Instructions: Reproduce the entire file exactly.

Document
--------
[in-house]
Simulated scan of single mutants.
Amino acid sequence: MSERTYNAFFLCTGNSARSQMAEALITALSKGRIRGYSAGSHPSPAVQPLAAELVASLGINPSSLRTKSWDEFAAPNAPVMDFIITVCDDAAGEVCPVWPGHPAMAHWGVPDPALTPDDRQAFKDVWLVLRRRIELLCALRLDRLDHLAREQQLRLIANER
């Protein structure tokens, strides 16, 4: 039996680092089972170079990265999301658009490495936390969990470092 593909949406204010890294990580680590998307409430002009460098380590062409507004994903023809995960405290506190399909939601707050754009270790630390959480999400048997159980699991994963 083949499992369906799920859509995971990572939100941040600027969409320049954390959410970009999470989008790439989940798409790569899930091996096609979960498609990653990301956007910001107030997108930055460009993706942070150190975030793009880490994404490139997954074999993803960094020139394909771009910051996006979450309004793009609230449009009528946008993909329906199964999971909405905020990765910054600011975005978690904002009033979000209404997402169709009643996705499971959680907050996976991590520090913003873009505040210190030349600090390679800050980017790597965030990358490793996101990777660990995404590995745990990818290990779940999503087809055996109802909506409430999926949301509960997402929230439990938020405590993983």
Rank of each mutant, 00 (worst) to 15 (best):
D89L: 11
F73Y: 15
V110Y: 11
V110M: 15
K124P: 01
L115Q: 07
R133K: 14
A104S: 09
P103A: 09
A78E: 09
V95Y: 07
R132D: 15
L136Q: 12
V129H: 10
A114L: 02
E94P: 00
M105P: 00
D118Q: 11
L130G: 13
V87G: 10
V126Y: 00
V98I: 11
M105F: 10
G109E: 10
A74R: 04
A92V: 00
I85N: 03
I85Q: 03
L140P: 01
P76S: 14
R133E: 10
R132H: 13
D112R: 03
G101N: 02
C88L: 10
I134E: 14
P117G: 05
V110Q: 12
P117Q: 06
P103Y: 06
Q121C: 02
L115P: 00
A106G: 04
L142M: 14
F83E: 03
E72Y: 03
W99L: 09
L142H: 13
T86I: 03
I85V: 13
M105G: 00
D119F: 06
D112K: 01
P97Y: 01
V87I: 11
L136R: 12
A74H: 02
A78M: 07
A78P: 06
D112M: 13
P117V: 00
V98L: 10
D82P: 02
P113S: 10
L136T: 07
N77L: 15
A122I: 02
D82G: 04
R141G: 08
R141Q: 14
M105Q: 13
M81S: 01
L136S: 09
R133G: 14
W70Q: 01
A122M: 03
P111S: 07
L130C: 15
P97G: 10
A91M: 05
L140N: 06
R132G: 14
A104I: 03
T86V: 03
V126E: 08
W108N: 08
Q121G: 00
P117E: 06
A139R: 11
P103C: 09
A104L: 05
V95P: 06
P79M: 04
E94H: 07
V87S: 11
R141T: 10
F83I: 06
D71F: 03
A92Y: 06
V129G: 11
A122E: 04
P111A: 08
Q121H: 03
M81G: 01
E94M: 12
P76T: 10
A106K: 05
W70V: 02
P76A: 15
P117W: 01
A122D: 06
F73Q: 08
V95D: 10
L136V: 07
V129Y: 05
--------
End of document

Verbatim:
[in-house]
Simulated scan of single mutants.
Amino acid sequence: MSERTYNAFFLCTGNSARSQMAEALITALSKGRIRGYSAGSHPSPAVQPLAAELVASLGINPSSLRTKSWDEFAAPNAPVMDFIITVCDDAAGEVCPVWPGHPAMAHWGVPDPALTPDDRQAFKDVWLVLRRRIELLCALRLDRLDHLAREQQLRLIANER
């Protein structure tokens, strides 16, 4: 039996680092089972170079990265999301658009490495936390969990470092 593909949406204010890294990580680590998307409430002009460098380590062409507004994903023809995960405290506190399909939601707050754009270790630390959480999400048997159980699991994963 083949499992369906799920859509995971990572939100941040600027969409320049954390959410970009999470989008790439989940798409790569899930091996096609979960498609990653990301956007910001107030997108930055460009993706942070150190975030793009880490994404490139997954074999993803960094020139394909771009910051996006979450309004793009609230449009009528946008993909329906199964999971909405905020990765910054600011975005978690904002009033979000209404997402169709009643996705499971959680907050996976991590520090913003873009505040210190030349600090390679800050980017790597965030990358490793996101990777660990995404590995745990990818290990779940999503087809055996109802909506409430999926949301509960997402929230439990938020405590993983």
Rank of each mutant, 00 (worst) to 15 (best):
D89L: 11
F73Y: 15
V110Y: 11
V110M: 15
K124P: 01
L115Q: 07
R133K: 14
A104S: 09
P103A: 09
A78E: 09
V95Y: 07
R132D: 15
L136Q: 12
V129H: 10
A114L: 02
E94P: 00
M105P: 00
D118Q: 11
L130G: 13
V87G: 10
V126Y: 00
V98I: 11
M105F: 10
G109E: 10
A74R: 04
A92V: 00
I85N: 03
I85Q: 03
L140P: 01
P76S: 14
R133E: 10
R132H: 13
D112R: 03
G101N: 02
C88L: 10
I134E: 14
P117G: 05
V110Q: 12
P117Q: 06
P103Y: 06
Q121C: 02
L115P: 00
A106G: 04
L142M: 14
F83E: 03
E72Y: 03
W99L: 09
L142H: 13
T86I: 03
I85V: 13
M105G: 00
D119F: 06
D112K: 01
P97Y: 01
V87I: 11
L136R: 12
A74H: 02
A78M: 07
A78P: 06
D112M: 13
P117V: 00
V98L: 10
D82P: 02
P113S: 10
L136T: 07
N77L: 15
A122I: 02
D82G: 04
R141G: 08
R141Q: 14
M105Q: 13
M81S: 01
L136S: 09
R133G: 14
W70Q: 01
A122M: 03
P111S: 07
L130C: 15
P97G: 10
A91M: 05
L140N: 06
R132G: 14
A104I: 03
T86V: 03
V126E: 08
W108N: 08
Q121G: 00
P117E: 06
A139R: 11
P103C: 09
A104L: 05
V95P: 06
P79M: 04
E94H: 07
V87S: 11
R141T: 10
F83I: 06
D71F: 03
A92Y: 06
V129G: 11
A122E: 04
P111A: 08
Q121H: 03
M81G: 01
E94M: 12
P76T: 10
A106K: 05
W70V: 02
P76A: 15
P117W: 01
A122D: 06
F73Q: 08
V95D: 10
L136V: 07
V129Y: 05